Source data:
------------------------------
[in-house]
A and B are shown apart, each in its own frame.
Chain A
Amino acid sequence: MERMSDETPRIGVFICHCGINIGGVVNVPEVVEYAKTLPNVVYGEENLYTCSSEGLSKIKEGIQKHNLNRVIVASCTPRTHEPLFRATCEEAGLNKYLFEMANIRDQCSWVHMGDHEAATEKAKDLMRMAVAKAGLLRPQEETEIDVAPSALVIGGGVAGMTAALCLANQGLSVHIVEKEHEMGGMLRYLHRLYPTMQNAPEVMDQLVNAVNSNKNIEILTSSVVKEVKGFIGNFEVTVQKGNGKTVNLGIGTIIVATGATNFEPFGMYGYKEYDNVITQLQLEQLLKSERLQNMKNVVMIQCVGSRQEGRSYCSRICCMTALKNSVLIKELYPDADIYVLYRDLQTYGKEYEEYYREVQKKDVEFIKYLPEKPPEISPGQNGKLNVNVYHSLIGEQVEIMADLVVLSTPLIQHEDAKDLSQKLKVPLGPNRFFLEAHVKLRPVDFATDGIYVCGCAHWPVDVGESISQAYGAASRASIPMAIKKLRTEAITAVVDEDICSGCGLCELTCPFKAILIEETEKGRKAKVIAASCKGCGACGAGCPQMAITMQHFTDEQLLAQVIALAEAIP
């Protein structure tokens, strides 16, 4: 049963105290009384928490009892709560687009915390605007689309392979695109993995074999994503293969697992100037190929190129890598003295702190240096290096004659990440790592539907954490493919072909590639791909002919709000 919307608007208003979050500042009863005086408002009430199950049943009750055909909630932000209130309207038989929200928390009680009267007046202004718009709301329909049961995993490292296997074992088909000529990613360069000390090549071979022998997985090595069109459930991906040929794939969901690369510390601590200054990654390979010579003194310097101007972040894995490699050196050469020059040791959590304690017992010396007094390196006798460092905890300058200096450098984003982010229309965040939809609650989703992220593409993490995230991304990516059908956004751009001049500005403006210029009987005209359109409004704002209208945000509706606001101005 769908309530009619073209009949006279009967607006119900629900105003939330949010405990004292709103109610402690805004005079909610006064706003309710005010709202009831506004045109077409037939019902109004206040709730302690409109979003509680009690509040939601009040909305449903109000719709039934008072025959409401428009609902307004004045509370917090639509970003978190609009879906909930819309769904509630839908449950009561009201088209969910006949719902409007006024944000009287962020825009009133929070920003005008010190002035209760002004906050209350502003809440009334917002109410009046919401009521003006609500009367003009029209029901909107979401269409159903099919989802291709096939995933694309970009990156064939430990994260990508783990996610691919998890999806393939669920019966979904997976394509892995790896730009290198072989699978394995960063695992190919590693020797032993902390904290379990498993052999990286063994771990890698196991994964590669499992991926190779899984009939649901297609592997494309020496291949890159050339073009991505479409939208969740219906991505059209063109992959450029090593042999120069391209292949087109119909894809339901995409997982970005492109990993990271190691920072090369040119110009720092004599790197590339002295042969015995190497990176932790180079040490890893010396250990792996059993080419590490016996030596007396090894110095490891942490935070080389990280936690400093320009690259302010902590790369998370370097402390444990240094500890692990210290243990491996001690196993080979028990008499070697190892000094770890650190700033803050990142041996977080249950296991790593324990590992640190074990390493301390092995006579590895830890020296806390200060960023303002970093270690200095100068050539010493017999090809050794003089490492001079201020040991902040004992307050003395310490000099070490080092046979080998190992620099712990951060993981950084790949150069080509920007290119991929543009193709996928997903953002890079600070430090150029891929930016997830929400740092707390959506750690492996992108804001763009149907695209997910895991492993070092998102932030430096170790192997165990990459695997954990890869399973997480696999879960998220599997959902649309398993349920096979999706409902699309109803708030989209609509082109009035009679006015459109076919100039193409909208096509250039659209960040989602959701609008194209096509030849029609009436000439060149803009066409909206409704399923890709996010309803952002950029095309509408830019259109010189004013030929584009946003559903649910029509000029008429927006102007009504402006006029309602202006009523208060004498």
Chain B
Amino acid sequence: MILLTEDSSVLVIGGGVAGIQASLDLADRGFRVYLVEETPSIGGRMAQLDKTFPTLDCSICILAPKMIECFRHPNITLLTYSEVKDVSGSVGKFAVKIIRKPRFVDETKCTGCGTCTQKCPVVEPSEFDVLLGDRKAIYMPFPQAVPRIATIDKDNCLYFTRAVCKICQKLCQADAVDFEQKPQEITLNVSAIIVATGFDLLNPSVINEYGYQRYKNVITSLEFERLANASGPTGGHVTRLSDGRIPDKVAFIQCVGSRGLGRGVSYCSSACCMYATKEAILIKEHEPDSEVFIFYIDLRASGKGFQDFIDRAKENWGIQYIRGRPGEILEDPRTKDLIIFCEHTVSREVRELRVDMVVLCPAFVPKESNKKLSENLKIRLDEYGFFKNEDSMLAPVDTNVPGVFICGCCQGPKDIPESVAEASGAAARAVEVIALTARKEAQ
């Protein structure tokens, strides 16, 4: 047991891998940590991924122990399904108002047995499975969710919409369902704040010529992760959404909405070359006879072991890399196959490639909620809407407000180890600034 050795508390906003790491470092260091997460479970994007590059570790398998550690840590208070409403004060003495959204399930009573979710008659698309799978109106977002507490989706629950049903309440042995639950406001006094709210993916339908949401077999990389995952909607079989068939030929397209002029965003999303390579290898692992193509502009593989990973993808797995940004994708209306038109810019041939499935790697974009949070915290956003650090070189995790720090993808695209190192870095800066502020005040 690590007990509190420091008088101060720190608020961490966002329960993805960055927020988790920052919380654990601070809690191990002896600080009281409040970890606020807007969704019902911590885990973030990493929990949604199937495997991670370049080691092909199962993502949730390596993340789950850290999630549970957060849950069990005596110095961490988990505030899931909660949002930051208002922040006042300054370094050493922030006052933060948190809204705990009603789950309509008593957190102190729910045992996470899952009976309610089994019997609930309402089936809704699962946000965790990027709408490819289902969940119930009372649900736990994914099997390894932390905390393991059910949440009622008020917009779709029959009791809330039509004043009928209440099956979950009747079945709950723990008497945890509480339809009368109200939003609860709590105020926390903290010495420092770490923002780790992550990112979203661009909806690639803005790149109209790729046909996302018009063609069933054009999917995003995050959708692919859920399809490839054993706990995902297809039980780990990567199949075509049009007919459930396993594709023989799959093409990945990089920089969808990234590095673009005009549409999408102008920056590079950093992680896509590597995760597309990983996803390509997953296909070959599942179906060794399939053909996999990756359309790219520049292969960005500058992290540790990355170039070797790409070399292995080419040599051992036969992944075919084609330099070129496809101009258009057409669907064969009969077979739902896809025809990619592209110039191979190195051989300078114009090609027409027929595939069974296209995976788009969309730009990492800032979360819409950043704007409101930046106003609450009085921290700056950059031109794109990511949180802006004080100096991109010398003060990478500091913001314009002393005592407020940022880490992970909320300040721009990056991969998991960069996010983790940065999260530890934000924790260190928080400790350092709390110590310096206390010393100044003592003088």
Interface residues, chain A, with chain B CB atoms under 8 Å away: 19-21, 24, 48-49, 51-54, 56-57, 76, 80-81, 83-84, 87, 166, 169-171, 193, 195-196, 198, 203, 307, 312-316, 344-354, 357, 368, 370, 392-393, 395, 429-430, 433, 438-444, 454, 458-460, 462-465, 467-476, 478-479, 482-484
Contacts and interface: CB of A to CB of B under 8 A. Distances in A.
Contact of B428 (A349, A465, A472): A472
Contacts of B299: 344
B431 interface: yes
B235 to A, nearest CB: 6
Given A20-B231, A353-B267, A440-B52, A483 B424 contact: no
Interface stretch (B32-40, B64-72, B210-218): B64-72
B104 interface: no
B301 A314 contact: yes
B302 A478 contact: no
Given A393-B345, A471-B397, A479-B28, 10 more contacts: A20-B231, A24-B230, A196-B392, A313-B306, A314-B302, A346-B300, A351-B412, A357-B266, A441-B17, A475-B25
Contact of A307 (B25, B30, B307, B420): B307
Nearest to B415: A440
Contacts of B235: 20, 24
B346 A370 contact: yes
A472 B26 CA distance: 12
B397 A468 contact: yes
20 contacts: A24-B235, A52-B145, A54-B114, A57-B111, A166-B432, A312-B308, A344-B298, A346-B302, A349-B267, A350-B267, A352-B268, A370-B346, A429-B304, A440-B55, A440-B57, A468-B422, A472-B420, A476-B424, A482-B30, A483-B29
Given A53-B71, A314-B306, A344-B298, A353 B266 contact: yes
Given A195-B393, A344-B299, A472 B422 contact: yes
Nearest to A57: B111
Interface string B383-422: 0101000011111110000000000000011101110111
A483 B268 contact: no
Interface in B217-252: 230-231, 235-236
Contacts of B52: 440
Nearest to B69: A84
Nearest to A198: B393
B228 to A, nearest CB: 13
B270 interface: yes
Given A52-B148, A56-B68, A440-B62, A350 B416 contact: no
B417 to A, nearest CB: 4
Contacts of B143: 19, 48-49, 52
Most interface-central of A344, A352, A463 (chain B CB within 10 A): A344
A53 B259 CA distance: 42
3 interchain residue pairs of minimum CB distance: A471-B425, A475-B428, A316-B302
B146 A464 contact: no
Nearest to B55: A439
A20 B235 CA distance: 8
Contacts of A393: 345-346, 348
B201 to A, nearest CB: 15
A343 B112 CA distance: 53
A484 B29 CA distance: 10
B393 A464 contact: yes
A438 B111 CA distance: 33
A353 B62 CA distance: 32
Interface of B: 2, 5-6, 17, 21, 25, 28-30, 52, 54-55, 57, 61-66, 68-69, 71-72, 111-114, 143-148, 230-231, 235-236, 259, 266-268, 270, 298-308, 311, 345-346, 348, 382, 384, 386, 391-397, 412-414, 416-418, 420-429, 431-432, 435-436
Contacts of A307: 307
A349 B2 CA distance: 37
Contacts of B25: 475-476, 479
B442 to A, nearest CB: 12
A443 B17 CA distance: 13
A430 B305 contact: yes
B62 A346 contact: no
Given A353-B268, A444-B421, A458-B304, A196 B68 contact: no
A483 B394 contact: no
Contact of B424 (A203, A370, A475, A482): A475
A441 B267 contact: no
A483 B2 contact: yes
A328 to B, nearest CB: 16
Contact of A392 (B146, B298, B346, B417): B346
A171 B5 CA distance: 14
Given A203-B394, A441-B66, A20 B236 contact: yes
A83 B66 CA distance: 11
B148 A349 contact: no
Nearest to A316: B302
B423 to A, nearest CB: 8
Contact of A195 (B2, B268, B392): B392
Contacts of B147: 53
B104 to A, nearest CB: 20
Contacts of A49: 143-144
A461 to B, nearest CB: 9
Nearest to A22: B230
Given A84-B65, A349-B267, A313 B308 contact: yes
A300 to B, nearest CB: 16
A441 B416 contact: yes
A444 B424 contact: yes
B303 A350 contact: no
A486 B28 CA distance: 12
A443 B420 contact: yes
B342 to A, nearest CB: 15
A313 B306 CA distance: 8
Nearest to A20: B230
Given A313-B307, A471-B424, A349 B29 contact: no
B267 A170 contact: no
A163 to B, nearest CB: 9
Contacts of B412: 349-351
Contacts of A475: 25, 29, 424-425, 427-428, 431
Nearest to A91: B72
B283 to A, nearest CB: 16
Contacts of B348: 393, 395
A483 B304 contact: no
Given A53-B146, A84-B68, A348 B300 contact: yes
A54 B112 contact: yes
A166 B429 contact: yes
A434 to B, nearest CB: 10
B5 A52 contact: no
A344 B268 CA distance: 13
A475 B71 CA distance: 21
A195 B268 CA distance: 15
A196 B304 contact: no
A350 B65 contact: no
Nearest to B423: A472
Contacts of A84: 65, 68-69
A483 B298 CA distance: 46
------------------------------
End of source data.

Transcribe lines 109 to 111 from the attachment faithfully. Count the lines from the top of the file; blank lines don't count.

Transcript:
A196 B304 contact: no
A350 B65 contact: no
Nearest to B423: A472